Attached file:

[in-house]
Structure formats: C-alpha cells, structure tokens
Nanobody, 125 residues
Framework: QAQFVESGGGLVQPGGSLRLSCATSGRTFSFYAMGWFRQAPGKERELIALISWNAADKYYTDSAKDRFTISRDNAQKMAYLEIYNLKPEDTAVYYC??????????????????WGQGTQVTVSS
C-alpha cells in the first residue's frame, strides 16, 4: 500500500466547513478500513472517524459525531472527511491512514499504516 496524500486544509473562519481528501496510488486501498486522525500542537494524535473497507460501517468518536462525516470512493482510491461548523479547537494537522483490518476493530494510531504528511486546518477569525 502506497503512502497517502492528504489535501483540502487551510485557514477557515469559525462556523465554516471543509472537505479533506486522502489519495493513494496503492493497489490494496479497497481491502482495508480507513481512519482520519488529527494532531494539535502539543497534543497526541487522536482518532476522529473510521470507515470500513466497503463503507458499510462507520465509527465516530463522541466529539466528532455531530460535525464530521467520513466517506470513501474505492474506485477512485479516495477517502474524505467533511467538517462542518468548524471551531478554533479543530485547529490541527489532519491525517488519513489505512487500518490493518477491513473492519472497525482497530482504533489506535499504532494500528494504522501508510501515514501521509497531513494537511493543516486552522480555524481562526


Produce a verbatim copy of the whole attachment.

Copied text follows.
[in-house]
Structure formats: C-alpha cells, structure tokens
Nanobody, 125 residues
Framework: QAQFVESGGGLVQPGGSLRLSCATSGRTFSFYAMGWFRQAPGKERELIALISWNAADKYYTDSAKDRFTISRDNAQKMAYLEIYNLKPEDTAVYYC??????????????????WGQGTQVTVSS
C-alpha cells in the first residue's frame, strides 16, 4: 500500500466547513478500513472517524459525531472527511491512514499504516 496524500486544509473562519481528501496510488486501498486522525500542537494524535473497507460501517468518536462525516470512493482510491461548523479547537494537522483490518476493530494510531504528511486546518477569525 502506497503512502497517502492528504489535501483540502487551510485557514477557515469559525462556523465554516471543509472537505479533506486522502489519495493513494496503492493497489490494496479497497481491502482495508480507513481512519482520519488529527494532531494539535502539543497534543497526541487522536482518532476522529473510521470507515470500513466497503463503507458499510462507520465509527465516530463522541466529539466528532455531530460535525464530521467520513466517506470513501474505492474506485477512485479516495477517502474524505467533511467538517462542518468548524471551531478554533479543530485547529490541527489532519491525517488519513489505512487500518490493518477491513473492519472497525482497530482504533489506535499504532494500528494504522501508510501515514501521509497531513494537511493543516486552522480555524481562526